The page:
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PROPOSED HIKES TO GAS AND ELECTRICITY THREATEN TO PUSH SCHOOLS BEYOND THEIR BUDGETS

Fronc: Expect school changes

THE FIRST day of the 2005-2006 school year started September 5. The growing trend is fewer students, fewer schools and not enough money.

CHILDREN can expect a more individual teaching approach.
photo: TASR

THE FIRST day of the 2005-2006 school year started September 5. The growing trend is fewer students, fewer schools and not enough money.

According to data published by the Education Ministry, about 920,000 young Slovaks attended 3,500 elementary and secondary schools across the country.

While school closures and mergers number more than 100 this year, the result is less dramatic than in the 2004-2005 academic year, when 250 schools shut down and 500 merged.

This year, 78 kindergartens, 25 elementary schools and 19 secondary schools closed their doors. However, an additional 20 state-run schools opened, along with 15 private schools and five religious-affiliated schools, bringing the sum total of school closures to 87.

The Education Ministry informed students to expect several changes to the educational curriculum this year, including a new approach to teaching. Education Minister Martin Fronc wants young Slovaks to be taught life lessons, not just "theorems, formulas, or other abrupt information".

"It is important that we teach our children to face all the tests in life, not just those on the blackboard. We need to teach them to be able to tell the good from the bad as well," he said in the minister's traditional, back-to-school-year speech.

Fronc wants to create conditions in Slovakia's schools for what he calls a more individual approach to students. He admits, however, that the country has a lot of work to do.

"We have a long way ahead of us to modernize our schools. I will be really glad when we manage to fully reform Slovak education so that it teaches all of us to learn," Fronc said.

Parliament has yet to approve certain educational reforms that are dear to Fronc, including an update of pedagogical approaches as well as university tuition.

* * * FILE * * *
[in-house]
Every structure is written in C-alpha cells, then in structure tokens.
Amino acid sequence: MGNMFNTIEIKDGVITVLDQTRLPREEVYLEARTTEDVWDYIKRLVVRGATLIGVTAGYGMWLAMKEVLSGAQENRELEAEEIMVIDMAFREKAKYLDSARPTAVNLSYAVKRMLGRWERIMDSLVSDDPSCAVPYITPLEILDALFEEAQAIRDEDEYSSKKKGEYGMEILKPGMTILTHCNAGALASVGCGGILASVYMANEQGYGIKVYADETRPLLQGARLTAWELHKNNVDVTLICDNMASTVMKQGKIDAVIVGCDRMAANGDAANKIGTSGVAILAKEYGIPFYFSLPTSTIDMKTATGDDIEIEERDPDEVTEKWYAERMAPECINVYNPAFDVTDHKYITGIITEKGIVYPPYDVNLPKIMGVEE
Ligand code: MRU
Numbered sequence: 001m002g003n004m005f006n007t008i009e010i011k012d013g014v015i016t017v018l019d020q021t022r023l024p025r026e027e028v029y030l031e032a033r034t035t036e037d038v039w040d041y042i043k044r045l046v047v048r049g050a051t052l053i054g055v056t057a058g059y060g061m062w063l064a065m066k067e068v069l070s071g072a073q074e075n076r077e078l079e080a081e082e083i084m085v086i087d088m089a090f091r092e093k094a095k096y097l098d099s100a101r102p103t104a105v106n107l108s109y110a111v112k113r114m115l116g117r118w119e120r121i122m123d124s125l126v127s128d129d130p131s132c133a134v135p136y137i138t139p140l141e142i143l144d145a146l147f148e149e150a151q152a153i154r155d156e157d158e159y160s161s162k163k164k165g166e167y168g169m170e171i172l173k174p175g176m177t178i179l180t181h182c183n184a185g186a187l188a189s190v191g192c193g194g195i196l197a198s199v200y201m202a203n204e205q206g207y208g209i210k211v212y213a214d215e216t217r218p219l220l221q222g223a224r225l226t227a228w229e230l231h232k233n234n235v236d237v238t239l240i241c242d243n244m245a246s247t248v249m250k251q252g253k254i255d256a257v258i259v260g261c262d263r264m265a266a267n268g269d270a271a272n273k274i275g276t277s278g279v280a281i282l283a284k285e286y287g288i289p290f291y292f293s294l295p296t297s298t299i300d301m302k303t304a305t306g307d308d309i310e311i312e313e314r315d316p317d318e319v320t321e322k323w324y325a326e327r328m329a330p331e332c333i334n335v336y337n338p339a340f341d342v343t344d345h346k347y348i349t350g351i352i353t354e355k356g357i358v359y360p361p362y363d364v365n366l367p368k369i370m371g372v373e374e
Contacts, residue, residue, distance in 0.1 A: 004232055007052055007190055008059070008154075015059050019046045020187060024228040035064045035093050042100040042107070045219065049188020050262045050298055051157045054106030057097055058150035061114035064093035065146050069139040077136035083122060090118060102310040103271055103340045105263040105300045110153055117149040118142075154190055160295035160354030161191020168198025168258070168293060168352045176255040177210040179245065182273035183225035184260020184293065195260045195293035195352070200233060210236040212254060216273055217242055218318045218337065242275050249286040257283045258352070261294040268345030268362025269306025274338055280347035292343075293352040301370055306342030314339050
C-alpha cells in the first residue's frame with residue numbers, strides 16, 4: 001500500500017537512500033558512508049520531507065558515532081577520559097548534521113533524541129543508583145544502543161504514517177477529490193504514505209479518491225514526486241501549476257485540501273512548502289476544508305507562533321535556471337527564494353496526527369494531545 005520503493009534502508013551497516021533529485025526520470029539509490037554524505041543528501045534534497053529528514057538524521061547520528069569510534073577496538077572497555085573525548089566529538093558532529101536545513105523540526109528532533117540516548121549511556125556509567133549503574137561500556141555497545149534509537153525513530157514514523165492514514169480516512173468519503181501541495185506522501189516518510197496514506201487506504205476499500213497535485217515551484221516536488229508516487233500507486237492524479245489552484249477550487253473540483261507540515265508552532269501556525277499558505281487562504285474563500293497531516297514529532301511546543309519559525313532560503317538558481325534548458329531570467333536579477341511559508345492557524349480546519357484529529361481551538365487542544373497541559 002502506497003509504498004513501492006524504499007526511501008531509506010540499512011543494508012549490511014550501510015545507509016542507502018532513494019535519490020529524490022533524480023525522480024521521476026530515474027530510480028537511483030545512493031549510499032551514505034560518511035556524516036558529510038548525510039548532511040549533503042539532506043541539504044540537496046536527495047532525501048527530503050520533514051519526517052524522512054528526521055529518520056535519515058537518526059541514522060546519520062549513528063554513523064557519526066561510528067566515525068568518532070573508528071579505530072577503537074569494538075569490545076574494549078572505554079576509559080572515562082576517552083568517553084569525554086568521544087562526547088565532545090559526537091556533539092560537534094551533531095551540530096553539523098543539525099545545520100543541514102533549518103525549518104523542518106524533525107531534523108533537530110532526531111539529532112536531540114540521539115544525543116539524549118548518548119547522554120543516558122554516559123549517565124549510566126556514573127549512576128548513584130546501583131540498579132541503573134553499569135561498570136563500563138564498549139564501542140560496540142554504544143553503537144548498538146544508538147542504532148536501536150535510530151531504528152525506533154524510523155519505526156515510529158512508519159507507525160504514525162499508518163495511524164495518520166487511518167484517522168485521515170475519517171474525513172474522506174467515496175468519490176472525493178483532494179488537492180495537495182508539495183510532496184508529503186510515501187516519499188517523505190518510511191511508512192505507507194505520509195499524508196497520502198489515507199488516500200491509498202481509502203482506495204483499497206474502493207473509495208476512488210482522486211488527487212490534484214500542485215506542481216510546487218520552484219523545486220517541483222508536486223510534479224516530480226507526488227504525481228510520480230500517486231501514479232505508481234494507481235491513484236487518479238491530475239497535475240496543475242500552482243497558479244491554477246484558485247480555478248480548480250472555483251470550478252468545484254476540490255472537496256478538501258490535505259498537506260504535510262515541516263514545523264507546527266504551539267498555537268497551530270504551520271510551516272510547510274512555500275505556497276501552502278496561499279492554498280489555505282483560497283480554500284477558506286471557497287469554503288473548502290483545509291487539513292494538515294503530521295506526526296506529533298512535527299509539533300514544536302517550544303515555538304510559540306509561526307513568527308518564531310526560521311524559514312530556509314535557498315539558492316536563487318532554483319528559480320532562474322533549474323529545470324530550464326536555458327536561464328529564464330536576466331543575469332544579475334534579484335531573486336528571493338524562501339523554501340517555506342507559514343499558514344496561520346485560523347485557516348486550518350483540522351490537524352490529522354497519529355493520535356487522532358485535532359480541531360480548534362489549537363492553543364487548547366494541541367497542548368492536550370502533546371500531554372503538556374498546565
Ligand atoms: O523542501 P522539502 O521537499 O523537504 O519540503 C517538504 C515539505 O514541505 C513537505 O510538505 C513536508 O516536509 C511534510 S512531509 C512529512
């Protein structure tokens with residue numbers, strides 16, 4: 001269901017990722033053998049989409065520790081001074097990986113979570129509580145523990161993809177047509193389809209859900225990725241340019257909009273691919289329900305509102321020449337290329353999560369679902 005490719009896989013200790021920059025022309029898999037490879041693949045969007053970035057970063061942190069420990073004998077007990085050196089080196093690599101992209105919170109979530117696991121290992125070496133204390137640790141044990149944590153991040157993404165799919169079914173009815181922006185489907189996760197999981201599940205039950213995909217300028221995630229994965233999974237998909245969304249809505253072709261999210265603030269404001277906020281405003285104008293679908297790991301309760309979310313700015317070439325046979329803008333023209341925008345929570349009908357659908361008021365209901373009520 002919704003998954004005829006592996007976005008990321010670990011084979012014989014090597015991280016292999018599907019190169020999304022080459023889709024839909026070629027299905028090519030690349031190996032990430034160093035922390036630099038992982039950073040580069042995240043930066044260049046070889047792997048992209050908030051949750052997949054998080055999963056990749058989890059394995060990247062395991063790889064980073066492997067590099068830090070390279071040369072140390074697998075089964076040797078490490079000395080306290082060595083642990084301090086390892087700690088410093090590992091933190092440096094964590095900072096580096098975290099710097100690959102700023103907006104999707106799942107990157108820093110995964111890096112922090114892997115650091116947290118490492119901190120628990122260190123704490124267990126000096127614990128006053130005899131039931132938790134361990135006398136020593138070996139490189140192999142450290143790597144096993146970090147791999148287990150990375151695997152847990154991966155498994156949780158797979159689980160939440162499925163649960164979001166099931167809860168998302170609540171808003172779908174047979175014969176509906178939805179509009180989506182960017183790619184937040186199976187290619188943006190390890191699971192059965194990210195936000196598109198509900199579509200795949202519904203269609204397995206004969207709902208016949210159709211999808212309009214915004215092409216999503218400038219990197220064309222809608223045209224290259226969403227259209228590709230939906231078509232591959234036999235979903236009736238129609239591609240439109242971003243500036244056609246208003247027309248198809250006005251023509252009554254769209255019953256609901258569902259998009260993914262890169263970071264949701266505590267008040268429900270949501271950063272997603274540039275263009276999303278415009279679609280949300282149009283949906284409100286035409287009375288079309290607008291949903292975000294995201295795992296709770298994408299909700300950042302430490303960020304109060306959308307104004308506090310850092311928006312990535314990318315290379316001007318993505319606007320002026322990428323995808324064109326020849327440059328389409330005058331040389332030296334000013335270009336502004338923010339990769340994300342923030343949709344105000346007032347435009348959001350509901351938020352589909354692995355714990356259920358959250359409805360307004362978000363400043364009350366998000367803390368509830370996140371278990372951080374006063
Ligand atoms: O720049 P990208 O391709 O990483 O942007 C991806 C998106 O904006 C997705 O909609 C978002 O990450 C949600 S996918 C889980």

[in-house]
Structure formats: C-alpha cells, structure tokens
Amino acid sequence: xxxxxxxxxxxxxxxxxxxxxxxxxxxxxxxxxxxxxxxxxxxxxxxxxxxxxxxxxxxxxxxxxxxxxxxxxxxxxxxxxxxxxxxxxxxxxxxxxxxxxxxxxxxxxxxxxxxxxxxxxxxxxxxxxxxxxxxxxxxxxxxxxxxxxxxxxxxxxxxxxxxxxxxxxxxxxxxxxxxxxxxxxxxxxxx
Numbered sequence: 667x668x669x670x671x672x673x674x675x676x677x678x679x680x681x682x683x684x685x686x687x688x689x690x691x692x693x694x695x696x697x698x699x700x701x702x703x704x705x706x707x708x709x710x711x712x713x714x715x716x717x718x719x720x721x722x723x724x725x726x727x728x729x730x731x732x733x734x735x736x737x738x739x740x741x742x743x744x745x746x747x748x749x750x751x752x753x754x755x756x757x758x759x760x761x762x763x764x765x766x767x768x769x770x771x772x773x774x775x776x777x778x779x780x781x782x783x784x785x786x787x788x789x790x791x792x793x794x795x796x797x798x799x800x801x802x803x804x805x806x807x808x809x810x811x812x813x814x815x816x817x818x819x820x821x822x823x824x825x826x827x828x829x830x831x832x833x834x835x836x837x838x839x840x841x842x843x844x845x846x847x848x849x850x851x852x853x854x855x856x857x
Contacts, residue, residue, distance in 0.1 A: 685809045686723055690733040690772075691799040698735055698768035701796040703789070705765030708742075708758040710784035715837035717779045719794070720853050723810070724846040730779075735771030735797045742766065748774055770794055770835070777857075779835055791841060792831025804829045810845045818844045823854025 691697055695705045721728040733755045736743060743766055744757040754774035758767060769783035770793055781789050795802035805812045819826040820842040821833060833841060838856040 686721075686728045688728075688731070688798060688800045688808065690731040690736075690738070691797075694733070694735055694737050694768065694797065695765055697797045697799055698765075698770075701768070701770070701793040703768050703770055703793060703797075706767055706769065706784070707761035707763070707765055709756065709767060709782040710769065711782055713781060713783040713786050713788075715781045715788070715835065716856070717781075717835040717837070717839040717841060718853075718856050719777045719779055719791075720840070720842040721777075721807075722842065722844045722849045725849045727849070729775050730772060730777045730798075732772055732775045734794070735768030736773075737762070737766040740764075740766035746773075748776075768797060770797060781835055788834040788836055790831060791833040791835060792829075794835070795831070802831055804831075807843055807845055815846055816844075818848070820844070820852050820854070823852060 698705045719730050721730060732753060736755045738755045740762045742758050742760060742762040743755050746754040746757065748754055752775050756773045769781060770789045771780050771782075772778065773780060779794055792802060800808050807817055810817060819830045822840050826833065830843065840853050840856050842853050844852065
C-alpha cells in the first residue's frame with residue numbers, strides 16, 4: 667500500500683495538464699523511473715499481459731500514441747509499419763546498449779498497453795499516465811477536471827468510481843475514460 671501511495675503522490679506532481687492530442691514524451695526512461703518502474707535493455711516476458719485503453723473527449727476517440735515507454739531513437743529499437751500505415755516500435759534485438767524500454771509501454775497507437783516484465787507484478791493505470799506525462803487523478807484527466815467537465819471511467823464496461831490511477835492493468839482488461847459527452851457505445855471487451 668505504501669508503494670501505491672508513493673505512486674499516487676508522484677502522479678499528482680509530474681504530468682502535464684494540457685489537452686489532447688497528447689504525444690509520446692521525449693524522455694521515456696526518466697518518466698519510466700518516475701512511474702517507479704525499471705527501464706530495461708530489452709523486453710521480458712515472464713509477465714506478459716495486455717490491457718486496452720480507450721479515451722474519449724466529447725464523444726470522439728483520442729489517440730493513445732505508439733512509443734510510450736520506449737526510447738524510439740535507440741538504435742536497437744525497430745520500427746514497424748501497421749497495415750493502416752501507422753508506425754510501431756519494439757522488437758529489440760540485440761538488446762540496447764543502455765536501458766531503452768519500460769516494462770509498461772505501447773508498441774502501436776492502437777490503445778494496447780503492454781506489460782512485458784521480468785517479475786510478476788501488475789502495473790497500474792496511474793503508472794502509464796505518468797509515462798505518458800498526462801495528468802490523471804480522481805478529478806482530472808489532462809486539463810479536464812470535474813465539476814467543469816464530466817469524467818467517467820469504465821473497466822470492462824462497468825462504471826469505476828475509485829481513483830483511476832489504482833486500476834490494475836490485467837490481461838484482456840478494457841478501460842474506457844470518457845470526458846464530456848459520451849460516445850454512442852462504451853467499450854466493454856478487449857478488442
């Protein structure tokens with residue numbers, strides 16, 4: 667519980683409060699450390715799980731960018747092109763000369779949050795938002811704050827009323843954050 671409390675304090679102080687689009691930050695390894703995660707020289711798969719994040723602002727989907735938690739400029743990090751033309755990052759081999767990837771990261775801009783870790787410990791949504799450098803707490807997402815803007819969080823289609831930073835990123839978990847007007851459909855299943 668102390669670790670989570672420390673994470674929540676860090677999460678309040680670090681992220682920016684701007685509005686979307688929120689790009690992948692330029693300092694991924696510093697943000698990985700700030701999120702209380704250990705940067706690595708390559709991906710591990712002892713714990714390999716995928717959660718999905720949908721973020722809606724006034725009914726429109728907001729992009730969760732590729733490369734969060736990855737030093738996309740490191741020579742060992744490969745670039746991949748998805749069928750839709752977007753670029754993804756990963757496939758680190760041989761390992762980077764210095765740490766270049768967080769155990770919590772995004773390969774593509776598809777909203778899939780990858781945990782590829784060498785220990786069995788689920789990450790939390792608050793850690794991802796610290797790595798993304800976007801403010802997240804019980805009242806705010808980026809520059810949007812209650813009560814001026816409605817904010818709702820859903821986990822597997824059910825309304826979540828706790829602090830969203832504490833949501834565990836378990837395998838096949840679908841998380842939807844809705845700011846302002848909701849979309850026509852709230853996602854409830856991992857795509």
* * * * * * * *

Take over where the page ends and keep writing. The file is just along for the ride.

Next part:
According to Dušan Čaplovič, an opposition Smer MP and a member of the parliamentary education committee, problems are dogging the 2005-2006 academic year.

"It is true that many laws were approved to create more just conditions for the division of school funding. However, economic factors forced many schools to shut down or merge. Within schools, some classes have merged. The end result is more students per class and a lower level of education," Čaplovič told The Slovak Spectator.

Teacher wages still remain an issue. Few young people are drawn to the teaching profession; they prefer to go into professions that offer a more competitive salary.

The Education Ministry is working on a proposal with the Finance Ministry to ensure that the average wage of elementary and secondary school teachers reaches the national average wage: roughly Sk18,200 (€476) per month, according to estimates, such a change would increase teacher salaries by Sk2,000 (€52) a month.

Municipalities, which are responsible for distributing school funds from their budgets, are worried that utility increases will stretch their school budgets to the breaking point.

Zdenko Trebuľa, the mayor of Košice, said that his municipality was entering the new school year with significant financial risk, the TASR news agency reported.

"We found out recently that prices for natural gas and electricity will go up by 20 percent in October and another 16 percent in January. I am not sure whether the budget can handle these extra expenditures," said Trebuľa.

Čaplovič agreed. "Many schools will bleed because of these increases [in gas and electricity]. Unless the state supports regional schools with additional funds, many schools will not be able to cover these costs," he said.

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